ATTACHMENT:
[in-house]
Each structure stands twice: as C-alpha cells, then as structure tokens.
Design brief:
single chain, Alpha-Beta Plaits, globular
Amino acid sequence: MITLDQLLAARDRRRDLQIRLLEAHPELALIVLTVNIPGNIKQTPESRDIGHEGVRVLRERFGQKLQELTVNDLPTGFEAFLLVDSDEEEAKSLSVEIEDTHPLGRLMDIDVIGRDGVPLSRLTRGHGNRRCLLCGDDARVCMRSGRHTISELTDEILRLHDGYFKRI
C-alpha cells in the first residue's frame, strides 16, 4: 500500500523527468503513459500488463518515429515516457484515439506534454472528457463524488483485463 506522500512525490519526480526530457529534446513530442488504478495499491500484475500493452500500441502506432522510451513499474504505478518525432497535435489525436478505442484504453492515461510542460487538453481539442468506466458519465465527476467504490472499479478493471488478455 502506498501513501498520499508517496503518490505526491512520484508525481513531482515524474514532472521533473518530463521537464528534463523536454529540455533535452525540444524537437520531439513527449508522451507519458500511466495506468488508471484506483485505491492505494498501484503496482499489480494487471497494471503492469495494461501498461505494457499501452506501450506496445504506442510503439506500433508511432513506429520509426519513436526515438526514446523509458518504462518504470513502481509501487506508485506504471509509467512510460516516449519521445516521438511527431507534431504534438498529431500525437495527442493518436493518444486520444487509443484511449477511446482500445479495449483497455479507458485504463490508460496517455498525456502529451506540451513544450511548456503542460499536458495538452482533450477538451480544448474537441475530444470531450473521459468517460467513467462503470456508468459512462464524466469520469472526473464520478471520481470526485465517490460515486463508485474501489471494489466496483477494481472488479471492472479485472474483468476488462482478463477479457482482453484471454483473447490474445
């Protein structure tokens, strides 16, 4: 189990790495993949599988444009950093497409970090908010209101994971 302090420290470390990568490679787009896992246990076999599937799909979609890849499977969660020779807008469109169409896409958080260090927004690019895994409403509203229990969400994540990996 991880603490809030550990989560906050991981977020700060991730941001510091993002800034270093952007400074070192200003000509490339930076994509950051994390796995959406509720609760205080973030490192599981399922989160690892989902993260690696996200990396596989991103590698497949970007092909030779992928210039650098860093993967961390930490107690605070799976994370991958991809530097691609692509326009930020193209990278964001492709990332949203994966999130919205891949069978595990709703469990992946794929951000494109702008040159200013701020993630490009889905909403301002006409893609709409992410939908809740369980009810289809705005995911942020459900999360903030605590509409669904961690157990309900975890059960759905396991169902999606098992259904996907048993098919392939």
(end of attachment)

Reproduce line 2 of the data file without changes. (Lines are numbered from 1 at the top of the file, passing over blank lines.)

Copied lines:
Each structure stands twice: as C-alpha cells, then as structure tokens.